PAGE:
After the Toronto Maple Leafs finally got past Round 1 in the spring, only to quickly be dismissed in Round 2, many believed the summer of 2023 would be the end of the Core Four, and that some level of change was inevitable.
Rather, the biggest change happened off the ice, where a new shot caller was hired in the front office. New GM Brad Treliving decided to keep the core and add around it.
But there is one interesting change being made to the Core Four that we are intently watching play out this pre-season. Head coach Sheldon Keefe, himself extended with a new contract, said right out of the gate that William Nylander would open camp as a centre and that it wasn’t going to be a one-off thing.
“It’s something we haven’t given a whole lot of runway with and we’ll commit to it for a bit here,” Keefe said. “Not committing to any specific period of time, but just to say it’s not going to be a one-off or one-day or one-pre-season-game thing.”
What this does to the rest of the lineup remains to be seen. The Leafs could run with a trio of centres of Auston Matthews, John Tavares and Nylander to spread out their weapons. They could even decide to eventually move Tavares to the wing.
Nylander’s first pre-season game at centre ended without a point, but with him winning 50 per cent of his draws in a road loss to Ottawa. Nylander played with Max Domi, which could be a combination the Leafs move forward with.
So, will this be a good move for the Leafs, or not? For this, we turn to our experts Justin Bourne and Jason Bukala, who share what they think the pros and cons are of moving Nylander to the middle.
Bukala: Nylander will now have the flexibility to use the entire width of the ice on zone exits and he’s a fantastic skater who can take advantage of that extra space. He’s quick out of the blocks, which should lead to early separation from opponents and make life difficult on the back checkers from the other team.
My only concern is whether or not his read/react game will be affected to the point he doesn’t properly time how he finds space to pounce on pucks in open ice. If he does time it well, once he’s up to full speed, he has potential to be even more dangerous offensively.
In the following clip, Nylander is the second forward on the backcheck. John Tavares wins a puck above the hash marks in the Leafs’ zone and chips it into the neutral zone. Nylander’s pace and skill take over from that point.
Almost all NHL teams employ a backchecking strategy that asks the first forward to pressure the puck. Tavares could easily have been a winger in this clip instead of the centre. If Nylander is late on his offensive zone exit, he will have support from his linemates. He should still have opportunities to win races for pucks in the neutral zone and provide offence.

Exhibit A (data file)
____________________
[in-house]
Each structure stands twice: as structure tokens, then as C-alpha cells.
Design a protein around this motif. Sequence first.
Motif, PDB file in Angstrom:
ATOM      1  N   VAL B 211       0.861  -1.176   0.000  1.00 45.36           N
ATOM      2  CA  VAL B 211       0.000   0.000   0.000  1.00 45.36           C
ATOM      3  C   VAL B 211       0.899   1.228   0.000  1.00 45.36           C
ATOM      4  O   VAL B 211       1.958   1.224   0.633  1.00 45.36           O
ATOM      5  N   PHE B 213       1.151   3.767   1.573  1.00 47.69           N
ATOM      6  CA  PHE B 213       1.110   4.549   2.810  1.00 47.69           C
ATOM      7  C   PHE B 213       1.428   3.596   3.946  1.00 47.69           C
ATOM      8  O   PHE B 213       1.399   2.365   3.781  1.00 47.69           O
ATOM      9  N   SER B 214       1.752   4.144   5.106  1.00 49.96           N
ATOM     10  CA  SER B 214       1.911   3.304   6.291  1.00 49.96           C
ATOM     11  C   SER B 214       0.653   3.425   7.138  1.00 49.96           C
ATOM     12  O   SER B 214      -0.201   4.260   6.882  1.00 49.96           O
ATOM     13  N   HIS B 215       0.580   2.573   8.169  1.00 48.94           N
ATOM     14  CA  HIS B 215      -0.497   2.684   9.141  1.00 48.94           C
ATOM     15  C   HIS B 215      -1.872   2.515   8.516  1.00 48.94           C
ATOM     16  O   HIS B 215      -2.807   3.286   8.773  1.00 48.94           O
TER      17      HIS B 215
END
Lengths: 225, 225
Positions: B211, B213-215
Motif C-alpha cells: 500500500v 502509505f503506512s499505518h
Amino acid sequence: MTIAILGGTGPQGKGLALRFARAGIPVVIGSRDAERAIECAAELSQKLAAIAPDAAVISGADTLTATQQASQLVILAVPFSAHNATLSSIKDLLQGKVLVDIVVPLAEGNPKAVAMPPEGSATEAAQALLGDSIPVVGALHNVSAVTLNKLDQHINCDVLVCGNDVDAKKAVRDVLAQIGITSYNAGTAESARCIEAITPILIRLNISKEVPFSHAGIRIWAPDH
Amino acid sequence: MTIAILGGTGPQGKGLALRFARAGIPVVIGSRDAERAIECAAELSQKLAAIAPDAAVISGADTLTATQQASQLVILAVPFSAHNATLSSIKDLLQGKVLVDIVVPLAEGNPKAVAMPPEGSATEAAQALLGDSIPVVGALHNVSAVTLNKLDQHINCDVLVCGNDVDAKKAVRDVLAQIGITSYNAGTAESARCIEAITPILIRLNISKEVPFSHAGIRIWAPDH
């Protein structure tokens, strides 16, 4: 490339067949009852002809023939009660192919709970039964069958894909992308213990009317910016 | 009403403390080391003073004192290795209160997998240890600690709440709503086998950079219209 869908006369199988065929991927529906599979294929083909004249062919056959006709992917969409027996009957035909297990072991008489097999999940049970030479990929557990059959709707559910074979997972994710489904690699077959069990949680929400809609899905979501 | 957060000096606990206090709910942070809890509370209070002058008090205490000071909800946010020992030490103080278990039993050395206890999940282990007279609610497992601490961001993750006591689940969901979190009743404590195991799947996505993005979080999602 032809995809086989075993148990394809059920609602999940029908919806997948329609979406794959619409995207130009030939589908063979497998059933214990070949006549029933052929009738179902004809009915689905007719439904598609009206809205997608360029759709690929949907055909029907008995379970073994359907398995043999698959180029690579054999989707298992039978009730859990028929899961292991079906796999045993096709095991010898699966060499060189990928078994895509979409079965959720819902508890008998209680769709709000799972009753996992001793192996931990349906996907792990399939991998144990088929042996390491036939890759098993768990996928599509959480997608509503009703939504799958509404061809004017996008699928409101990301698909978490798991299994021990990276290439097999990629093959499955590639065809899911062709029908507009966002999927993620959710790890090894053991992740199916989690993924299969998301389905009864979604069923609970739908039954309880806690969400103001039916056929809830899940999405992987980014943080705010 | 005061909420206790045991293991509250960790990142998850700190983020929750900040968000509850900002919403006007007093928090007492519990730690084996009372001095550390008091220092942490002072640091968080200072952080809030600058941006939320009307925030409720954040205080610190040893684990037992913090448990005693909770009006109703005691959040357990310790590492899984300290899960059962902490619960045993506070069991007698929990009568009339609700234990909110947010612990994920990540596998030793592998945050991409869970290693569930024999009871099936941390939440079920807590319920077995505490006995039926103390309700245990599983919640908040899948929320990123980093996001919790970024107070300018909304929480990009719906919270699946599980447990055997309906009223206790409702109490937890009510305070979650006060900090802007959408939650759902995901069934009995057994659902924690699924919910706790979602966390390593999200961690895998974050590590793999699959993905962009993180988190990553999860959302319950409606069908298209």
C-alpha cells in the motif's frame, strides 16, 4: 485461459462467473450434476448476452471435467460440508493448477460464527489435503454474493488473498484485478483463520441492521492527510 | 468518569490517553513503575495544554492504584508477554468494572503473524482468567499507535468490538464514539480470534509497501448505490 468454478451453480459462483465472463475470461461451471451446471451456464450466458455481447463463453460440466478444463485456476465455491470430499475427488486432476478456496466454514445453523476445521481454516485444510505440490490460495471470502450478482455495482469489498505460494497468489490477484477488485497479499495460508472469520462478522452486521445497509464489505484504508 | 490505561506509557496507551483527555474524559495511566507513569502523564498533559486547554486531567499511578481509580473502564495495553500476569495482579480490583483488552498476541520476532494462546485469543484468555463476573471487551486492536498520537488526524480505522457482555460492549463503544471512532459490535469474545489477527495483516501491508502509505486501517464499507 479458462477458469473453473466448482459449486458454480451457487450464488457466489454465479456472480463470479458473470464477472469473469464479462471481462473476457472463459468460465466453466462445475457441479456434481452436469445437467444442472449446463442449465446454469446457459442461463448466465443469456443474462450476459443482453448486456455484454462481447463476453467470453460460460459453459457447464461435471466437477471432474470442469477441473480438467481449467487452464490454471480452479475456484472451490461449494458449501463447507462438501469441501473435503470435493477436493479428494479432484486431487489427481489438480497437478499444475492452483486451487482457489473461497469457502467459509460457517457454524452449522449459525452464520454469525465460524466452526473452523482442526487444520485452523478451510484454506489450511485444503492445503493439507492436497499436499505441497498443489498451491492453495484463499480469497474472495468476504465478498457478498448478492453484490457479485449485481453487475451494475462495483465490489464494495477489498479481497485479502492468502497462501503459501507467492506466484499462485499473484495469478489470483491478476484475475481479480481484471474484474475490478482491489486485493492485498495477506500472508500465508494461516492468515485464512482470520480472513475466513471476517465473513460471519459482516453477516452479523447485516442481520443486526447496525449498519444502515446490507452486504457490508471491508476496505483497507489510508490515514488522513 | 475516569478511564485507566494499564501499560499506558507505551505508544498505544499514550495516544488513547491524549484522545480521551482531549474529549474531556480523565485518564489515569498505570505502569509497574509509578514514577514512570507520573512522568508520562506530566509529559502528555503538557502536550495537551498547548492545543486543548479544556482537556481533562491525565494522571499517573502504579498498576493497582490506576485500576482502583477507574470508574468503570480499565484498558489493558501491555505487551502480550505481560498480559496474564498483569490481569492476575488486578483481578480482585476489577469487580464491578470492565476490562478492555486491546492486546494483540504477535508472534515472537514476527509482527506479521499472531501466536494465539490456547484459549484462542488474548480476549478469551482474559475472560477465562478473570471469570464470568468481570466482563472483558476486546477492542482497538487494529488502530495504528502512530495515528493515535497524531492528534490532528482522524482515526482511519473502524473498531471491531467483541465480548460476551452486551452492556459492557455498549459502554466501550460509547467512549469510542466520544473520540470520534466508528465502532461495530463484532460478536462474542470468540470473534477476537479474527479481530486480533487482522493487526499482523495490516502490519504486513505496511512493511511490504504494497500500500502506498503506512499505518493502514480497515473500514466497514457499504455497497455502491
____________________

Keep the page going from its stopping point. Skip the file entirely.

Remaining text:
Bourne: Playing centre would give Nylander more touches out of the middle of the ice, which is great for a few reasons. For one, he makes people miss with the best of them, and being able to go either way on defenders — neutralizing their ability to angle him — will help Nylander get to better offensive spots with more space. When Nylander goes cold, he gets stuck on the outside (by settling for the open ice the defence suggests to him), which makes me think this change could shorten his intermittent snaps of unproductive play.
Also, if Nylander is going to play centre, it’s possible he’d be a third-liner (despite being a better player than Tavares at this point of their careers). That happens if you do something like put Tavares and Marner together, Matthews with Tyler Bertuzzi, and suddenly the opposition has to show Nylander their third-best line. Considering he’s a first-line NHL talent, in theory he should be able to feast in those matchups, or at least win them handily.
Bukala: Nylander’s defensive detail has always varied for me. Thinking back to his development years in Europe before he was selected by the Leafs eighth overall in 2014, he played centre on the big international ice and was always in motion. He rarely stopped on pucks deep in his zone. He was an area defender with a generally active stick.
I believe we will see much of the same this season from Nylander if the Leafs decide to roll him out as a centre for the whole thing. There are going to be some frustrating moments. It’s going to come down to his buy-in to all three zones. His reads are going to have to be better timed and he’s going to need a more consistent effort when tracking back the full length of the ice to help down low in his own zone.
Here’s an example of how Nylander can frustrate defensively at times:
He failed to keep the puck in on the offensive blue line. He looked engaged on the backcheck, but his effort to knock the puck off his opponent high in the Leafs’ zone was far too light. He ends up turning his back on the play, floats out toward his blue line, and finally re-enters the clip coasting through the slot as he watches the puck enter Toronto’s net.